Cinematographers Geoffrey Unsworth and Ghislain Cloquet capture the sun-soaked French countryside (a splendid stand-in for Hardy's Wessex and environs) in all of its painterly glory, but no perfectly-sculpted landscape shot matches the beauty of Kinski's flawless face. It's extraordinary that a relative neophyte could project both fragility and strength with such naturalistic ease, though perhaps this is a case where genealogy comes in handy. Lawson and Firth are convincing enough, but their pitiful displays of manhood, one an outright cad and the other equally reprehensible in his cowardly hypocrisy, render them unfit to share the screen and the story with Tess. This is Kinski's show and she flat out steals it.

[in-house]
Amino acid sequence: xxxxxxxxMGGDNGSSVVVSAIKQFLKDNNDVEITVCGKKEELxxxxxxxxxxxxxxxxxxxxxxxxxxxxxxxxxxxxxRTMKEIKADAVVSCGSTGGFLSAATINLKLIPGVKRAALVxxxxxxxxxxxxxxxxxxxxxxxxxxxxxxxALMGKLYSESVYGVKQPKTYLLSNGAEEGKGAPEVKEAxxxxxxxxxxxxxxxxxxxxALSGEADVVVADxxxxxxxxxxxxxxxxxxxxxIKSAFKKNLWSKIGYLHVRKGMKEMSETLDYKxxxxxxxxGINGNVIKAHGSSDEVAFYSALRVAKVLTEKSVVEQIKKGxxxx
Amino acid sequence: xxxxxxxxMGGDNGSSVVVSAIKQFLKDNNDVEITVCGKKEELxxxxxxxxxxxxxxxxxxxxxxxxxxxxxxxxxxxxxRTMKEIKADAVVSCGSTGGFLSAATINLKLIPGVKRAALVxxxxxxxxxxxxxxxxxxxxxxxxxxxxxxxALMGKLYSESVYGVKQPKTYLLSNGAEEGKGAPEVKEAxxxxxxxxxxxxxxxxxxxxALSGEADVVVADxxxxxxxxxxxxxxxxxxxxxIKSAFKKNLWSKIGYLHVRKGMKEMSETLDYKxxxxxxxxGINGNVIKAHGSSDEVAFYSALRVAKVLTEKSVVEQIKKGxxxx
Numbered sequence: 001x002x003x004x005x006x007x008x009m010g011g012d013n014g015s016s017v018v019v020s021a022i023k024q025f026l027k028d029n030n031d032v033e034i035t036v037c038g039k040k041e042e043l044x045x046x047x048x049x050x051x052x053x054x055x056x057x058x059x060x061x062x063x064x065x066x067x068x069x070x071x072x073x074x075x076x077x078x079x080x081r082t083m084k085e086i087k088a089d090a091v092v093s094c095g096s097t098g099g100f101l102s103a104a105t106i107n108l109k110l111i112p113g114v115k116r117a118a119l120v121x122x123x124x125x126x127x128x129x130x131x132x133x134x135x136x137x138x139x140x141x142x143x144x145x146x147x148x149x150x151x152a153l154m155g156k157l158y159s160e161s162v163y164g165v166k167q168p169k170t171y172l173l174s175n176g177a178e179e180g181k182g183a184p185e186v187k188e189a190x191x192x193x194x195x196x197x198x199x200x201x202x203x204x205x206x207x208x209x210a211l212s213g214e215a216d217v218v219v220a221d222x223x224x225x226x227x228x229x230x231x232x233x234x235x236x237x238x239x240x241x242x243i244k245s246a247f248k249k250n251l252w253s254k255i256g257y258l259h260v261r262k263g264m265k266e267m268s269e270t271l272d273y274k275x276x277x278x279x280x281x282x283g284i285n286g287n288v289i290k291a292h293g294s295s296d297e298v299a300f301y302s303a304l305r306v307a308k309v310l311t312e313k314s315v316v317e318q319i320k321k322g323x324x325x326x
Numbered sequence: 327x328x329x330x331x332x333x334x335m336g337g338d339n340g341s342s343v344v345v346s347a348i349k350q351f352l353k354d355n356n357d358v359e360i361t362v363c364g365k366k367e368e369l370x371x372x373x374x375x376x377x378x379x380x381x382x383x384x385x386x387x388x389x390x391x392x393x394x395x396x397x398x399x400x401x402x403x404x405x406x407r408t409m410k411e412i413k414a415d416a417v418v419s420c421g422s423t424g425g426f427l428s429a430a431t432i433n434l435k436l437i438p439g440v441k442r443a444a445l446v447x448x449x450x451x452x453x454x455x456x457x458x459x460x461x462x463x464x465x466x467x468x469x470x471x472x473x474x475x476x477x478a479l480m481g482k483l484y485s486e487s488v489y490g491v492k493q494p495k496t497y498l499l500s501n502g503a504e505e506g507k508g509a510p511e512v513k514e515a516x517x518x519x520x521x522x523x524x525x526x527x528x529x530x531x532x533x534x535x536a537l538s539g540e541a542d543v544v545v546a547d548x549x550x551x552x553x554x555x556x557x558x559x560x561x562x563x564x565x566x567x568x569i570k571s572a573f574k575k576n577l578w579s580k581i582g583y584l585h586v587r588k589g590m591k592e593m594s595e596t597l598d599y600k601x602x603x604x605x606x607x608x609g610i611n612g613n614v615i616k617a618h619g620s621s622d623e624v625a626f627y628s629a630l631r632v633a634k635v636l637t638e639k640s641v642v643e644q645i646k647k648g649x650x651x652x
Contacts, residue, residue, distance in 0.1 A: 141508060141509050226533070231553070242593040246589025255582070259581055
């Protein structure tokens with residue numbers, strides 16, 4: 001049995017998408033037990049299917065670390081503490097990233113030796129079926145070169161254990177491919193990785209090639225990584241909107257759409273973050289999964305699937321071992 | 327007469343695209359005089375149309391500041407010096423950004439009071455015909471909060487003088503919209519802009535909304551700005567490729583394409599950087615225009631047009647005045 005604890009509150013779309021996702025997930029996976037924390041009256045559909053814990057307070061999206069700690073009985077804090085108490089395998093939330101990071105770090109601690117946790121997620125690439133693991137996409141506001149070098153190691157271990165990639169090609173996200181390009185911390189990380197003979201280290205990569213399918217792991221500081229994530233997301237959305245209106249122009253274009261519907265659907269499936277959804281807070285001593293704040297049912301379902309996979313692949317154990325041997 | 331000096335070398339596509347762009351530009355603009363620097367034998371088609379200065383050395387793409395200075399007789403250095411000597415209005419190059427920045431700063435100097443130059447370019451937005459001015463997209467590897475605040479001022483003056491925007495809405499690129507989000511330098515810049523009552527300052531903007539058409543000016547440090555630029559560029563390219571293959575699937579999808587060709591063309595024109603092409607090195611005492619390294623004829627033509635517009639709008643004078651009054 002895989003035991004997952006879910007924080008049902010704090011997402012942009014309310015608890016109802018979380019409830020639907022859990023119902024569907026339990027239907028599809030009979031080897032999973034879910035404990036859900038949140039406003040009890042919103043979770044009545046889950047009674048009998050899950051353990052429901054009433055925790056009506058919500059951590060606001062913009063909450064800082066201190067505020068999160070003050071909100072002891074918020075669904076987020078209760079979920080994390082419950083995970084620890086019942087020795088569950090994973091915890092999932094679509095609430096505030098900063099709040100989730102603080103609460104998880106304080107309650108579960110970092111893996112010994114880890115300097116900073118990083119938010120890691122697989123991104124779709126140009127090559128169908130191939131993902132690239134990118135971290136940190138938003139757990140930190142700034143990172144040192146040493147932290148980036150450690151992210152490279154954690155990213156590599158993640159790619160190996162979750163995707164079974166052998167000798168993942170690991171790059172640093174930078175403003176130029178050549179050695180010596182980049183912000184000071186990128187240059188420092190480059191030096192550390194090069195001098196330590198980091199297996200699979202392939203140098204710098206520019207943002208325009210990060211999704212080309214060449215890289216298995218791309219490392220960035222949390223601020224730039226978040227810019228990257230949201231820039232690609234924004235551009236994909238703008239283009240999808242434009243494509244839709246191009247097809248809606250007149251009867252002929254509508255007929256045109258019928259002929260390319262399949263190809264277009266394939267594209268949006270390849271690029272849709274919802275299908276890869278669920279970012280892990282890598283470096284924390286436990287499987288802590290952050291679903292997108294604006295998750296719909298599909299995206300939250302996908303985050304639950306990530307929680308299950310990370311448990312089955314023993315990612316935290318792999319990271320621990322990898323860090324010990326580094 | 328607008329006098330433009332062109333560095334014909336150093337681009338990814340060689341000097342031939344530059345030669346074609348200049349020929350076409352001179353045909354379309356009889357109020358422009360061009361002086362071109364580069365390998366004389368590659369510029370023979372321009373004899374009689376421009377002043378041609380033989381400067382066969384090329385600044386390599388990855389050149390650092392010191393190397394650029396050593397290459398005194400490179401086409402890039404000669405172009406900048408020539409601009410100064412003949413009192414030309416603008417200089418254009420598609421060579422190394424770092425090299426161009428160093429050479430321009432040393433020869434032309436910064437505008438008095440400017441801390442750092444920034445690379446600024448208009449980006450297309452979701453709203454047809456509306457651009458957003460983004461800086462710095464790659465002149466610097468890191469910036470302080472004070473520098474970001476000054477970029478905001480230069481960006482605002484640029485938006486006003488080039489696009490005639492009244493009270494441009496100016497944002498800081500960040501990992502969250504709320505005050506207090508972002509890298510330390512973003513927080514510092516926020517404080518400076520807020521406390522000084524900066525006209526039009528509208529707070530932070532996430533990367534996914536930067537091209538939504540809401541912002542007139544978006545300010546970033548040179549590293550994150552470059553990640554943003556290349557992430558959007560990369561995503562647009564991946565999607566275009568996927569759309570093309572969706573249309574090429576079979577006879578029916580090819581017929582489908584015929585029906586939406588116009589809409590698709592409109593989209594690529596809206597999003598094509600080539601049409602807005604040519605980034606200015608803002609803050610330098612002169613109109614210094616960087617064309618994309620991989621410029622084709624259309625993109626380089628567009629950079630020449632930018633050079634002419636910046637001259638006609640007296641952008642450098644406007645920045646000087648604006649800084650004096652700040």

The film is presented in its original 2.35:1 aspect ratio. The image looks just a bit soft at times and the image detail doesn't jump off the screen the way it does in some Criterion 1080p transfers, but that slightly softer look may have been part of the film's visual design. Grain is present but not too noticeable. Colors are universally vibrant as the film clearly delineates the different seasons. The net result is quite beautiful, if not quite immaculate.

This is a dual-format release which includes two DVDs (with film and extras) as well as a single Blu-ray (with everything). The SD transfer has not been reviewed here.

The DTS-HD Master Audio 5.1 track is fairly robust though not particularly dynamic. Perhaps the lossless audio stands out most in its treatment of the score by Philippe Sarde. Optional English subtitles support the English audio.

“Tess” may not occupy the same exalted status in Polanski's oeuvre as “Chinatown” or “Rosemary's Baby,” but Criterion has still given it the deluxe treatment.